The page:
This function has permissions to create certificates in ACM and to invoke itself. The latter is used to wait for the certificate validation without running into a timeout. You can find the code behind the handler in the Github Repo I linked above.

2.) Create the custom resources:

This creates a certificate similarly to the vanilla CloudFormation resource with the exception that it won’t block until it’s validated.

    WildcardCertificateRequest:
      Type: Custom::Certificate
      DependsOn: CFNCustomProviderLambdaFunction
      Properties:
        DomainName: ${self:custom.Domain}
        ValidationMethod: DNS
        ServiceToken:
          !Join
          - ""
          - - "arn:aws:lambda:"
            - !Ref "AWS::Region"
            - ":"
            - !Ref "AWS::AccountId"
            - ":function:${self:service}-${self:custom.Stage}-CFNCustomProvider"

This resource extracts the information about the CNAME record we need to create to validate the certificate.


    CertificateDNSRecord:
      Type: Custom::CertificateDNSRecord
      DependsOn: CFNCustomProviderLambdaFunction
      Properties:
        CertificateArn: !Ref WildcardCertificateRequest
        DomainName: ${self:custom.Domain}
        ServiceToken:
          !Join
          - ""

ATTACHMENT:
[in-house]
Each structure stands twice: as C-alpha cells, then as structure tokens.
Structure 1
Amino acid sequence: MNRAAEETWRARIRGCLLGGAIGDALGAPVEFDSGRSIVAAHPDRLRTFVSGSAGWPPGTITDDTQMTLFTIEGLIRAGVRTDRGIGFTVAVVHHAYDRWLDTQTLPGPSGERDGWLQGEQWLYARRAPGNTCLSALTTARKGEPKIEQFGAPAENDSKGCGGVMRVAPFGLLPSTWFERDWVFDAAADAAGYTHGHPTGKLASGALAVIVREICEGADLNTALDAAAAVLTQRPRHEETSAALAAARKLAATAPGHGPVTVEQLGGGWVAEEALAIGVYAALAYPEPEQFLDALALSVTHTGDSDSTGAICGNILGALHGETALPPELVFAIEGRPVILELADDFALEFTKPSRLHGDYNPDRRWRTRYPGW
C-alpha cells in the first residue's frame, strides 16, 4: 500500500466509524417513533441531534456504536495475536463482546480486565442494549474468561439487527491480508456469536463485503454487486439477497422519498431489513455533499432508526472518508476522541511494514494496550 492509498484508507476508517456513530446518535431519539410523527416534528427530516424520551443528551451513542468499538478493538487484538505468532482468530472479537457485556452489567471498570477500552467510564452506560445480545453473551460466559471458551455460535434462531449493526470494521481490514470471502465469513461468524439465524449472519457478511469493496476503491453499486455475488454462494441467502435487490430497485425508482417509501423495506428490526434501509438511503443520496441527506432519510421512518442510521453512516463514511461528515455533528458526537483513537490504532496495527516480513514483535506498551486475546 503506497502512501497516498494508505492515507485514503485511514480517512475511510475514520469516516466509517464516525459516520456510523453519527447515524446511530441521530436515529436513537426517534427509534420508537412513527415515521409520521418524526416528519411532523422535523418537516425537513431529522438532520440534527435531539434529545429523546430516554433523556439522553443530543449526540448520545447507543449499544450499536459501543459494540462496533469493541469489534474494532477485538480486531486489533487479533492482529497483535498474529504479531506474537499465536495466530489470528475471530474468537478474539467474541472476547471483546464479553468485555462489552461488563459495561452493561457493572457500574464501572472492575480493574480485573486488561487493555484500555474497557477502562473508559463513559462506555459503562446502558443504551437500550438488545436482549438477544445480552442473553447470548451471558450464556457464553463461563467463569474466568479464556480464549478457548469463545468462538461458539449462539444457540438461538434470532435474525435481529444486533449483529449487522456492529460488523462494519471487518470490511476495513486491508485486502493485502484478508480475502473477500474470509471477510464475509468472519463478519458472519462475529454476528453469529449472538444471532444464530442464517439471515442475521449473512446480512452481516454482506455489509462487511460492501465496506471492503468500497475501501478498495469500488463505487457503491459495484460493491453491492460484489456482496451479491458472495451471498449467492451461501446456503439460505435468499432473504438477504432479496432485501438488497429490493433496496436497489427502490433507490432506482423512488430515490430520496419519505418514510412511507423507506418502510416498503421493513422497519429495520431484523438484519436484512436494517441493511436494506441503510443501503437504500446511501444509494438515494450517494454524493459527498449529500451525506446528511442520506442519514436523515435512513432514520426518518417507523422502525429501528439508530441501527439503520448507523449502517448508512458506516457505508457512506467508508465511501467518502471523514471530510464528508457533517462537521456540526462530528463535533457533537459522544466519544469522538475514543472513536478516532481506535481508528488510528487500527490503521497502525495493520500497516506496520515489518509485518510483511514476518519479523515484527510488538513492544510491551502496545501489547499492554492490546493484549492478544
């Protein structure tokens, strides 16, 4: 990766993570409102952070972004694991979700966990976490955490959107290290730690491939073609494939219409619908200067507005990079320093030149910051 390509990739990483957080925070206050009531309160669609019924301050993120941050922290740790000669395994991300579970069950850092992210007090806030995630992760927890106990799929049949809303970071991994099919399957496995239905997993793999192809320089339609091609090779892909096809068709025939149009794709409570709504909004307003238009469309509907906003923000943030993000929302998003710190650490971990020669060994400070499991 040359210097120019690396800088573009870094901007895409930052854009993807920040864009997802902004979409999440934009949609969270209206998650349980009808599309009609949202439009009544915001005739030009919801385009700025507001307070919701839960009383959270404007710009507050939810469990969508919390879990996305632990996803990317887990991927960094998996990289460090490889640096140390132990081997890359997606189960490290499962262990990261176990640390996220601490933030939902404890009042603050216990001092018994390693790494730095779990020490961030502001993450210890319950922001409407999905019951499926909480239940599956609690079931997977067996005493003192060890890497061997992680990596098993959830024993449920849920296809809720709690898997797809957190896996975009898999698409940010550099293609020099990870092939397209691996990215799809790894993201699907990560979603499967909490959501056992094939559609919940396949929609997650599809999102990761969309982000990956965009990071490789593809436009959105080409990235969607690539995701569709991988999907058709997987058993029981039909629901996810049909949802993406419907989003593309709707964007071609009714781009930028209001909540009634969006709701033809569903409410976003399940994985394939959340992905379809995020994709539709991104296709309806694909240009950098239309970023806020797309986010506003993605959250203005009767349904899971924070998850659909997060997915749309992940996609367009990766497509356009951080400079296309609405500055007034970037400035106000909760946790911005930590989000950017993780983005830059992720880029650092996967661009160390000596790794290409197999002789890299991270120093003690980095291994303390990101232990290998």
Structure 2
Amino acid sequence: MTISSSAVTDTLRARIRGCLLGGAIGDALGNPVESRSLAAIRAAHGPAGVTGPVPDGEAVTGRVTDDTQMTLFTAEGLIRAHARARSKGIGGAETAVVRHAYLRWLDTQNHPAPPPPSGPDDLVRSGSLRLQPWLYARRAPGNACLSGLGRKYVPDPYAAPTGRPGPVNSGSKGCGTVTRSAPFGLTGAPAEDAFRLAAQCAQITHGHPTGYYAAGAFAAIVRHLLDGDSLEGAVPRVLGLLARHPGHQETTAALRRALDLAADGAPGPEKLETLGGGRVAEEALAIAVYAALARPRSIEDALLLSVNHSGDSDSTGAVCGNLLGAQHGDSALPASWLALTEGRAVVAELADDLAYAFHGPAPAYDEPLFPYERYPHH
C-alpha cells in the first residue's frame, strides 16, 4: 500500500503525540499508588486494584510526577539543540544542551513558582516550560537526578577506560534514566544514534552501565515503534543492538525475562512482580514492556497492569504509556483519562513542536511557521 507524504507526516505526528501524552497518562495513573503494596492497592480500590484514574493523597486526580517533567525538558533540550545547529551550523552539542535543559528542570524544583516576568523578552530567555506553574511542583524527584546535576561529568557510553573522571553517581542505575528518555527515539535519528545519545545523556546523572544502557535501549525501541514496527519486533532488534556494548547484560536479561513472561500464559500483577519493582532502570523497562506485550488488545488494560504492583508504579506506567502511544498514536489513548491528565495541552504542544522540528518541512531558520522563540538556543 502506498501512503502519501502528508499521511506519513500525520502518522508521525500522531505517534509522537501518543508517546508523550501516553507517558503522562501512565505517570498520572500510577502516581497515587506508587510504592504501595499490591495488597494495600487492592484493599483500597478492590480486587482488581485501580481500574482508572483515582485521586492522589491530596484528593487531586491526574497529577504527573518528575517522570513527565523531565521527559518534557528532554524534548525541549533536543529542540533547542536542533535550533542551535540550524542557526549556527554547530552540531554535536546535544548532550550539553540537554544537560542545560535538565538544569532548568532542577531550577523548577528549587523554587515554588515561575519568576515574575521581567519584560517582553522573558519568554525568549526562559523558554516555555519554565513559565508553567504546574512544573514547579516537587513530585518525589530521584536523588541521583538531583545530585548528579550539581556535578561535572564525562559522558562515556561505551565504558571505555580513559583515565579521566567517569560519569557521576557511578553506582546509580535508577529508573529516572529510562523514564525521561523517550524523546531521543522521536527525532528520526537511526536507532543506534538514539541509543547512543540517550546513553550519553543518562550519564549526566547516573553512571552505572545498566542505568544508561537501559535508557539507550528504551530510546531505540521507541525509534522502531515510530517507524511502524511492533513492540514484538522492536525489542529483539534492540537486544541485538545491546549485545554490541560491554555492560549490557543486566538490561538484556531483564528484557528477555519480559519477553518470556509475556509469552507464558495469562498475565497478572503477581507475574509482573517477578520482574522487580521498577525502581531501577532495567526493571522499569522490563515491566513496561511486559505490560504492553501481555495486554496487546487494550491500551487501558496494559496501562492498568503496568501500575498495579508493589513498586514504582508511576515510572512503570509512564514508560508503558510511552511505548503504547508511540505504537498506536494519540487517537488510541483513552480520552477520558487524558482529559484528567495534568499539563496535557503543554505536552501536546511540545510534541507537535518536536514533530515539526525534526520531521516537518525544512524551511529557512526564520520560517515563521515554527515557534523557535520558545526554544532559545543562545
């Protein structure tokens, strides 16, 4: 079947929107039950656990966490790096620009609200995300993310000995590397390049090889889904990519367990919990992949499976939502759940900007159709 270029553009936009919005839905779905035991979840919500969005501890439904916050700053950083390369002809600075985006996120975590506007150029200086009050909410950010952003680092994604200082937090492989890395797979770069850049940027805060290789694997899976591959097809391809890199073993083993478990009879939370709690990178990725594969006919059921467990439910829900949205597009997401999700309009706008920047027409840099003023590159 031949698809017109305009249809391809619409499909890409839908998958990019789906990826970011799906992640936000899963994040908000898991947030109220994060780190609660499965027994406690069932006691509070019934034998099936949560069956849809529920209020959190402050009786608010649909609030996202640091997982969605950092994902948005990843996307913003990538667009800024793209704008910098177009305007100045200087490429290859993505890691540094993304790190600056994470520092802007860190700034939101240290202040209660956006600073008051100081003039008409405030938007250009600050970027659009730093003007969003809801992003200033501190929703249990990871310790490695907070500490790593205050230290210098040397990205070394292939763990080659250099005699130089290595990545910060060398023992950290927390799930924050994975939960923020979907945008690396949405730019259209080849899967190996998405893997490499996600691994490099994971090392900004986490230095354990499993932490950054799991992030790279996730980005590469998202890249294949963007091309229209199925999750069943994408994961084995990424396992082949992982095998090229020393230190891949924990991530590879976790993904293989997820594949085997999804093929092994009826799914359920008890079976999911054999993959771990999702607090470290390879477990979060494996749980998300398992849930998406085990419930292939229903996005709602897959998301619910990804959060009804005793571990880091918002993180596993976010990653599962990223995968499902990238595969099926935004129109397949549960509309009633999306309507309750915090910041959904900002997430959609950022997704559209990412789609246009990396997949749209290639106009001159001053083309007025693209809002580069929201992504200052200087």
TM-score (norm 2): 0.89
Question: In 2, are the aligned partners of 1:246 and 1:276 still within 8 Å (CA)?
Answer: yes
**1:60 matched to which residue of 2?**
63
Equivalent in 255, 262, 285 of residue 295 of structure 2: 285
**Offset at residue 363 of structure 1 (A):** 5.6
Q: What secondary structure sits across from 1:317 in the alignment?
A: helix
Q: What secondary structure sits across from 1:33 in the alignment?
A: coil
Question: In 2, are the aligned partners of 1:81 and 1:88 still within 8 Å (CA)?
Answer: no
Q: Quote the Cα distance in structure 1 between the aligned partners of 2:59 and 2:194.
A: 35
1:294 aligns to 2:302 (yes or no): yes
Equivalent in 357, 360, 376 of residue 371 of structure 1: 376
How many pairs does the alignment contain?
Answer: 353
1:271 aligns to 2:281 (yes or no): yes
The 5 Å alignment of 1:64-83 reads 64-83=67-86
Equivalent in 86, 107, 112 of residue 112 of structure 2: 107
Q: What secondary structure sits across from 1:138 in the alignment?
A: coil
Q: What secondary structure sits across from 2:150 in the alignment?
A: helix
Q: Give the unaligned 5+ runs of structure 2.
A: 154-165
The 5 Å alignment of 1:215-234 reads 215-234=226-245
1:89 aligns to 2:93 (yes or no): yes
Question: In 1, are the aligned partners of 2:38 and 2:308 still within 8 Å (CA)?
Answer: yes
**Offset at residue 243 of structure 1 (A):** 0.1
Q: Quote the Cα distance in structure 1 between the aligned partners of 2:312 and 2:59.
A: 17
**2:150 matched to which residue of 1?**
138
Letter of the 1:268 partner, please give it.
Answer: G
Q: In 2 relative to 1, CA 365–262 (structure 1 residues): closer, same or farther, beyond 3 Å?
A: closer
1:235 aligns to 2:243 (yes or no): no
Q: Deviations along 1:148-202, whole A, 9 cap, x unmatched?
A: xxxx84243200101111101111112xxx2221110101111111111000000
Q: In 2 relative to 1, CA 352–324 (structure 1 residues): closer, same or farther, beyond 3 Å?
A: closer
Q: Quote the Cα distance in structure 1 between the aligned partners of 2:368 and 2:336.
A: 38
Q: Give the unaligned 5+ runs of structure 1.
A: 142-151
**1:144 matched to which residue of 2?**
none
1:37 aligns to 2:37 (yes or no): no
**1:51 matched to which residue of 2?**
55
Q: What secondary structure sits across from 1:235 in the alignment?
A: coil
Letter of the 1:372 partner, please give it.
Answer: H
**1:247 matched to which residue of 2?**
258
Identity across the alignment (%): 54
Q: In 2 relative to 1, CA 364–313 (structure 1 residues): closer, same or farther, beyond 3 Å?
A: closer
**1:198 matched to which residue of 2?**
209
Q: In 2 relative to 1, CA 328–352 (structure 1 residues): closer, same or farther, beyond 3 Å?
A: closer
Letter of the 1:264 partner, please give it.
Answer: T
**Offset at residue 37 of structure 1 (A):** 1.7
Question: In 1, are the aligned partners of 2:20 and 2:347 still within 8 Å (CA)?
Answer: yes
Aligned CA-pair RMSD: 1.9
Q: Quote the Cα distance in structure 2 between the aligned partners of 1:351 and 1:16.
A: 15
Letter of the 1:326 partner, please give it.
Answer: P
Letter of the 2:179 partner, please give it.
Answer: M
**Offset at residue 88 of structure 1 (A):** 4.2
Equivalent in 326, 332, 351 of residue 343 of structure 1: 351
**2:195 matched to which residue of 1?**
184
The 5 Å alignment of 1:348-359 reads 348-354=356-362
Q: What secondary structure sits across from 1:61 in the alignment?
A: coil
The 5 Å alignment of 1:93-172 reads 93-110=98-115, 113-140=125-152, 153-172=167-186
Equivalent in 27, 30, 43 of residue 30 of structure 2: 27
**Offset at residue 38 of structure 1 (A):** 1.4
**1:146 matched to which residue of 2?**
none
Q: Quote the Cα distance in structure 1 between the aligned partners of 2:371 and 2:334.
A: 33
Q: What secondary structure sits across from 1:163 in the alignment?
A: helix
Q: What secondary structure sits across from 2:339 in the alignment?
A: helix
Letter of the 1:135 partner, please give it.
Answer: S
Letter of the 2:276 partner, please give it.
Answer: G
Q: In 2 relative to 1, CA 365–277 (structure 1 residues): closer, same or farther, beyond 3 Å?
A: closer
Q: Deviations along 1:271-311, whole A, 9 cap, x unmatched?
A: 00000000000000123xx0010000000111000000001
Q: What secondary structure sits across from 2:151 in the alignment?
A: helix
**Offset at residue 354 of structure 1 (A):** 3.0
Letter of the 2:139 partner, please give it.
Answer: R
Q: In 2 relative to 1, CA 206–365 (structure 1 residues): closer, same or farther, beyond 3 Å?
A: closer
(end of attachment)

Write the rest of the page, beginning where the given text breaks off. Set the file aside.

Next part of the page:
- - "arn:aws:lambda:"
            - !Ref "AWS::Region"
            - ":"
            - !Ref "AWS::AccountId"
            - ":function:${self:service}-${self:custom.Stage}-CFNCustomProvider"

This is the CNAME record to validate the certificate, it relies on the information provided by the resource above.

    DomainValidationRecord:
      Type: AWS::Route53::RecordSetGroup
      DependsOn: CFNCustomProviderLambdaFunction
      Properties:
        HostedZoneId: ${self:custom.HostedZoneId}
        RecordSets:
          - Name: !GetAtt CertificateDNSRecord.Name
            Type: !GetAtt CertificateDNSRecord.Type
            TTL: '60'
            Weight: 1
            SetIdentifier: ${self:custom.Domain}
            ResourceRecords:
              - !GetAtt CertificateDNSRecord.Value

Last but not least there is this resource which waits until ACM has validated the certificate.

    WildcardCertificate:
      Type: Custom::IssuedCertificate
      DependsOn: CFNCustomProviderLambdaFunction
      Properties:
        CertificateArn: !Ref WildcardCertificateRequest
        ServiceToken:
          !Join
          - ""
          - - "arn:aws:lambda:"
            - !Ref "AWS::Region"
            - ":"
            - !Ref "AWS::AccountId"
            - ":function:${self:service}-${self:custom.Stage}-CFNCustomProvider"

3.) ???

4.) Profit!

Now that you’ve set up the resources you can do a serverless deploy and should be able to see your certificate beeing validated automagically.

If there are any questions, feel free to reach out to me on Twitter: @maurice_brg


The title image is a still from Dr. Werner Vogels’ keynote: https://www.youtube.com/watch?v=nFKVzEAm-ts&feature=youtu.be&t=47m54s